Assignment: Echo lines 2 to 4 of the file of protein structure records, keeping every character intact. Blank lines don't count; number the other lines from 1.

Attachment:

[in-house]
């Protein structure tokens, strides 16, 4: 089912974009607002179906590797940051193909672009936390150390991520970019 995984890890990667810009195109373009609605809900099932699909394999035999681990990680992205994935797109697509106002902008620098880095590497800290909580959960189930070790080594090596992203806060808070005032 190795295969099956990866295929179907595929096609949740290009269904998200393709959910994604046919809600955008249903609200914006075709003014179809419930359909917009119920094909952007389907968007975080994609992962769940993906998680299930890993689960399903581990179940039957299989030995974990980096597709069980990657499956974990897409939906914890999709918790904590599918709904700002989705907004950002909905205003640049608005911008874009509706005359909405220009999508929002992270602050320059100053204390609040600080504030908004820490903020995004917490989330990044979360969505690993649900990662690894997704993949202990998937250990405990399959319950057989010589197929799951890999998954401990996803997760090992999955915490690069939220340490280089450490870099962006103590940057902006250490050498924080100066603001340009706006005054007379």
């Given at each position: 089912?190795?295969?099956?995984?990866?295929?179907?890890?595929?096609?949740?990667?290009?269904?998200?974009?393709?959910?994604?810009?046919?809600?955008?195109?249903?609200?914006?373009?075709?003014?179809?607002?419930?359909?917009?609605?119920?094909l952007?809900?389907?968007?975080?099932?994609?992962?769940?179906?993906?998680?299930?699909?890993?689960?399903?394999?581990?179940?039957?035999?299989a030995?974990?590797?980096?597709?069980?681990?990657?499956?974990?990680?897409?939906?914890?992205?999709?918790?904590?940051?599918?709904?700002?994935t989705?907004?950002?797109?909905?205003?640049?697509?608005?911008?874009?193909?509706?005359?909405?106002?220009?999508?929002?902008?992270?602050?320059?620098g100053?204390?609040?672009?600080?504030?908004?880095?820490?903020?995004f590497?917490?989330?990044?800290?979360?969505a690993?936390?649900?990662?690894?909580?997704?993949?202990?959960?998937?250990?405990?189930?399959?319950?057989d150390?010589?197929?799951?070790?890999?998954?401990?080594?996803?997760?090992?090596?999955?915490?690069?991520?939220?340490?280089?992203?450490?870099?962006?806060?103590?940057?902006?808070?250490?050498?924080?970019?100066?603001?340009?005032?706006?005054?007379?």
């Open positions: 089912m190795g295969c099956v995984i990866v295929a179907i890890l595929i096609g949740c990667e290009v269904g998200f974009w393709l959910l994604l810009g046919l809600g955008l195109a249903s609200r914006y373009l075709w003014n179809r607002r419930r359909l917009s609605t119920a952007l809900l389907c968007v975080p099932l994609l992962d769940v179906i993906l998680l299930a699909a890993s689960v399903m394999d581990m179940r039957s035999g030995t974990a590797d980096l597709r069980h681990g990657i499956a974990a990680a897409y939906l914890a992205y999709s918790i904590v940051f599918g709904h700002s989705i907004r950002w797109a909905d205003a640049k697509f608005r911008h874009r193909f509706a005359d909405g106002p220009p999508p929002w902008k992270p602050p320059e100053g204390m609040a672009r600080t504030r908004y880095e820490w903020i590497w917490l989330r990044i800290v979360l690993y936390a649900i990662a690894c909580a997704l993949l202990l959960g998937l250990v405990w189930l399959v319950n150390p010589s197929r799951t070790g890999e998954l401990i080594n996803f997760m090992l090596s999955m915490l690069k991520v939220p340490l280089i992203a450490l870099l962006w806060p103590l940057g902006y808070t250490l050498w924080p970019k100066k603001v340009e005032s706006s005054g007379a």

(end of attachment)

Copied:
């Protein structure tokens, strides 16, 4: 089912974009607002179906590797940051193909672009936390150390991520970019 995984890890990667810009195109373009609605809900099932699909394999035999681990990680992205994935797109697509106002902008620098880095590497800290909580959960189930070790080594090596992203806060808070005032 190795295969099956990866295929179907595929096609949740290009269904998200393709959910994604046919809600955008249903609200914006075709003014179809419930359909917009119920094909952007389907968007975080994609992962769940993906998680299930890993689960399903581990179940039957299989030995974990980096597709069980990657499956974990897409939906914890999709918790904590599918709904700002989705907004950002909905205003640049608005911008874009509706005359909405220009999508929002992270602050320059100053204390609040600080504030908004820490903020995004917490989330990044979360969505690993649900990662690894997704993949202990998937250990405990399959319950057989010589197929799951890999998954401990996803997760090992999955915490690069939220340490280089450490870099962006103590940057902006250490050498924080100066603001340009706006005054007379």
């Given at each position: 089912?190795?295969?099956?995984?990866?295929?179907?890890?595929?096609?949740?990667?290009?269904?998200?974009?393709?959910?994604?810009?046919?809600?955008?195109?249903?609200?914006?373009?075709?003014?179809?607002?419930?359909?917009?609605?119920?094909l952007?809900?389907?968007?975080?099932?994609?992962?769940?179906?993906?998680?299930?699909?890993?689960?399903?394999?581990?179940?039957?035999?299989a030995?974990?590797?980096?597709?069980?681990?990657?499956?974990?990680?897409?939906?914890?992205?999709?918790?904590?940051?599918?709904?700002?994935t989705?907004?950002?797109?909905?205003?640049?697509?608005?911008?874009?193909?509706?005359?909405?106002?220009?999508?929002?902008?992270?602050?320059?620098g100053?204390?609040?672009?600080?504030?908004?880095?820490?903020?995004f590497?917490?989330?990044?800290?979360?969505a690993?936390?649900?990662?690894?909580?997704?993949?202990?959960?998937?250990?405990?189930?399959?319950?057989d150390?010589?197929?799951?070790?890999?998954?401990?080594?996803?997760?090992?090596?999955?915490?690069?991520?939220?340490?280089?992203?450490?870099?962006?806060?103590?940057?902006?808070?250490?050498?924080?970019?100066?603001?340009?005032?706006?005054?007379?």
């Open positions: 089912m190795g295969c099956v995984i990866v295929a179907i890890l595929i096609g949740c990667e290009v269904g998200f974009w393709l959910l994604l810009g046919l809600g955008l195109a249903s609200r914006y373009l075709w003014n179809r607002r419930r359909l917009s609605t119920a952007l809900l389907c968007v975080p099932l994609l992962d769940v179906i993906l998680l299930a699909a890993s689960v399903m394999d581990m179940r039957s035999g030995t974990a590797d980096l597709r069980h681990g990657i499956a974990a990680a897409y939906l914890a992205y999709s918790i904590v940051f599918g709904h700002s989705i907004r950002w797109a909905d205003a640049k697509f608005r911008h874009r193909f509706a005359d909405g106002p220009p999508p929002w902008k992270p602050p320059e100053g204390m609040a672009r600080t504030r908004y880095e820490w903020i590497w917490l989330r990044i800290v979360l690993y936390a649900i990662a690894c909580a997704l993949l202990l959960g998937l250990v405990w189930l399959v319950n150390p010589s197929r799951t070790g890999e998954l401990i080594n996803f997760m090992l090596s999955m915490l690069k991520v939220p340490l280089i992203a450490l870099l962006w806060p103590l940057g902006y808070t250490l050498w924080p970019k100066k603001v340009e005032s706006s005054g007379a």